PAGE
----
Remember Jennifer Lopez in the movie The Wedding Planner? With her ever-present ear bud and microphone, she was electronically tethered to her staff, just as real-life planners often use earpieces to keep in constant touch during an event. Similarly, security teams keep attendees safe by corresponding with colleagues via headsets. And onstage, in-ear monitors are used by singers to help keep them pitch perfect. Headset technology has come a long way, and promises to add even more to the event experience of the near future.
Global Meetings Industry Day is an opportunity to embrace how our business brings people of all cultures together for one common cause. But what about language barriers? With headset technology, French, Italian and Spanish don’t have to be Greek to you.
The airline industry has recognized the potential for enhanced communication across cultures. Air New Zealand announced late last year it would be equipping crew members with Google Pixel Buds to translate conversations with passengers in 40 languages.
“We operate to 30 international destinations, and our customers speak an even more diverse range of languages,” said Avi Golan, the air carrier’s chief digital officer. “Google’s Pixel Buds could assist in areas such as check-in and boarding, as well as inflight, to help our staff communicate effectively with international customers. Both Air New Zealand and Google put people and technology at the heart of their products and experiences, and it’s been excellent exploring how translation technology…could enhance our customer experience.”
After a test phase, the airline decided to hold off on fleet-wide introduction for now. But Google Pixel Buds are not the only available option. While wearing Waverly Labs Pilot Translating Earpieces, speakers in a conversation can hear simultaneous translation in their native tongue, as well. French, Italian, Portuguese, Spanish and English are available, with plans to add more.
If someone is not wearing an earpiece, language can be translated via the company’s smartphone app. At conferences, the app can be put on speakerphone for all attendees to hear. Additional languages are available using a texting feature on the app.
At large conferences, people have side conversations. Attendees may find it challenging to maintain focus, block out background noise and clearly hear the speaker on stage. At PCMA Convening Leaders’ Future of Face2Face in Nashville’s Music City Center in January, attendees used headsets to cancel out all the noise surrounding them in the 17,900-square-foot space for sessions and The Mix, powered by Freeman.
Think of it as tunnel vision for sound. Two options were provided, traditional headsets, and using an app on the attendee’s device and earbuds. This allowed them to tune into conference sessions and switch between presentations.
This concept is used by festival organizers who plan silent dance parties in public spaces. Attendees hear dance music via a headset, but don’t disturb anyone.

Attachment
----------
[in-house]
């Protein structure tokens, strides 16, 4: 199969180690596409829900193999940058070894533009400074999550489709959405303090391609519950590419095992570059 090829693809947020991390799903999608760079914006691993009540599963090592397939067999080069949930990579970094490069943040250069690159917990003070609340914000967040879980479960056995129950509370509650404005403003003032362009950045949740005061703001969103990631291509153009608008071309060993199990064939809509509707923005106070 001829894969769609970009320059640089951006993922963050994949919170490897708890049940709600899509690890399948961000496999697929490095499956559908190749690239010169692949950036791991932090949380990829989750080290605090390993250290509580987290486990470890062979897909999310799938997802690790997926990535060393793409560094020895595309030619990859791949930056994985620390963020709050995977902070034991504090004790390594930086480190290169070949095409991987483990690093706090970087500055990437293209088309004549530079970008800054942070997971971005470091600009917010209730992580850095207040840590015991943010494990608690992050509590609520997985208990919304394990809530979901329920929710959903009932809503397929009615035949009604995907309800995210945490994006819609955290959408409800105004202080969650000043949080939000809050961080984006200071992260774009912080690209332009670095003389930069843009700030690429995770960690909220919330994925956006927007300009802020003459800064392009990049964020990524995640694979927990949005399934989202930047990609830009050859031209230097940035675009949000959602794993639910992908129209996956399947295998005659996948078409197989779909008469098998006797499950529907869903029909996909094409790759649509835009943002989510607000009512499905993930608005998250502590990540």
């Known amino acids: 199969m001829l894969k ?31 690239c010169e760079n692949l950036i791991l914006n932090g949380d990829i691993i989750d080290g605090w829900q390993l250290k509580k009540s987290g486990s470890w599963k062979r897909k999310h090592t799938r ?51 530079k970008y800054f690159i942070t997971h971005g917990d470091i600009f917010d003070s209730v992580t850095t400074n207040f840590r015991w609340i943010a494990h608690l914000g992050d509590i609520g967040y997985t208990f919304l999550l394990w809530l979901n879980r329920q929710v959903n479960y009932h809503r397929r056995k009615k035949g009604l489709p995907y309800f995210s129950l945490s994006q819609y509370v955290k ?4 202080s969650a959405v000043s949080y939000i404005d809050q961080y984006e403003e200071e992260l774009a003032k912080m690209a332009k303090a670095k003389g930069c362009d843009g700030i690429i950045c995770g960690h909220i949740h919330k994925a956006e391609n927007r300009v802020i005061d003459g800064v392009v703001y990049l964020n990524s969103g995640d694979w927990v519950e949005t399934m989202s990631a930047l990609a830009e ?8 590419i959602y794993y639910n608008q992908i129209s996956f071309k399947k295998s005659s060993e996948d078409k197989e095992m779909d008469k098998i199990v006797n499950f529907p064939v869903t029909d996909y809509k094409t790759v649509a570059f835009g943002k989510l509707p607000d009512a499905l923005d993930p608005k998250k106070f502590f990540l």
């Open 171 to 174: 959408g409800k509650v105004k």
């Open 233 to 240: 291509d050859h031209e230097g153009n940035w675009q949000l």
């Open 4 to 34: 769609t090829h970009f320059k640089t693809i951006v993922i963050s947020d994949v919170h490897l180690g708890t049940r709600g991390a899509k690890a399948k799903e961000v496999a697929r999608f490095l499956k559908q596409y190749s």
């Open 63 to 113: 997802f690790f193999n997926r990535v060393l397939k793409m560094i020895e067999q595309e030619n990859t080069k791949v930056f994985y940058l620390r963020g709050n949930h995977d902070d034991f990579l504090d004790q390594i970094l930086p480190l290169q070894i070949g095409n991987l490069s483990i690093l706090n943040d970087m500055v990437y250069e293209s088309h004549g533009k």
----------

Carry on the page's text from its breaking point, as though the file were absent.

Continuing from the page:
Although virtual reality (VR) engages more than your aural sense, these headsets can take you on a magic carpet ride to a whole new world or over a bridge to Terabithia without really going anywhere. Applications at meetings are still in their infancy, but planners can glimpse the future at a restaurant in Japan called First Airlines. It’s designed to look like the interior of an aircraft. The eatery prides itself in being the first virtual aviation facility to take diners to New York City, Paris, Rome or Hawaii via “ground-based air travel.”
While wearing VR headsets, guests experience the sights and sounds of these famous places through all five senses. A multicourse meal (of real, not virtual food) is served in the destination’s cuisine. No worries about turbulence on this flight!
Real airlines are already using VR headsets. In January, Japan Airlines (JAL) began offering SkyLights’ Cinematic VR Entertainment to VIP passengers, who can now enjoy movie theater-quality entertainment at 30,000 feet. And recently, Airbus, in conjunction with JAL and JAL Engineering, put Microsoft HoloLens headsets to work to train employees and solve problems by using holographic images to view data and airplane parts from any angle. Airbus also joined the Microsoft Mixed Reality Partner Program.
Air New Zealand has announced it is developing software for HoloLens. Amazingly, it promises to allow flight attendants to see passengers’ food and beverage orders, itineraries and even pick up on cues about a passenger’s mood.
Meeting professionals are finding a VR headset useful in designing room set-up. In February, AllSeated announced that its 360 RealPlans-3D is available on Facebook’s Oculus, HTC’s Vive, Samsung Gear VR and other headsets. “By bringing the collaborative realism of virtual reality to event planning, AllSeated is enabling the event community to recoup one of the biggest ROIs in the history of event technology,” says Sandy Hammer, the company’s co-founder and chief marketing officer. “Some of our customers report closing more than 10 new events a year solely due to event visualization.”
The technology helps venues and planners visualize how an event will look without a sketch pad, moving heavy furniture or traveling for an in-person site visit. “Imagine a prestigious venue that has a spectacular ballroom, beautiful chandeliers, and a magical marble and imperial staircase that gracefully rises from the floor,” says Jim Bruels, director of events and sales at Bently Reserve, an event space in San Francisco. “With AllSeated’s virtual reality, we can transport clients into our venue from anywhere in the world, immersing them in an authentic sensory experience that truly lets them visualize their event. We can sell them the experience on the spot.”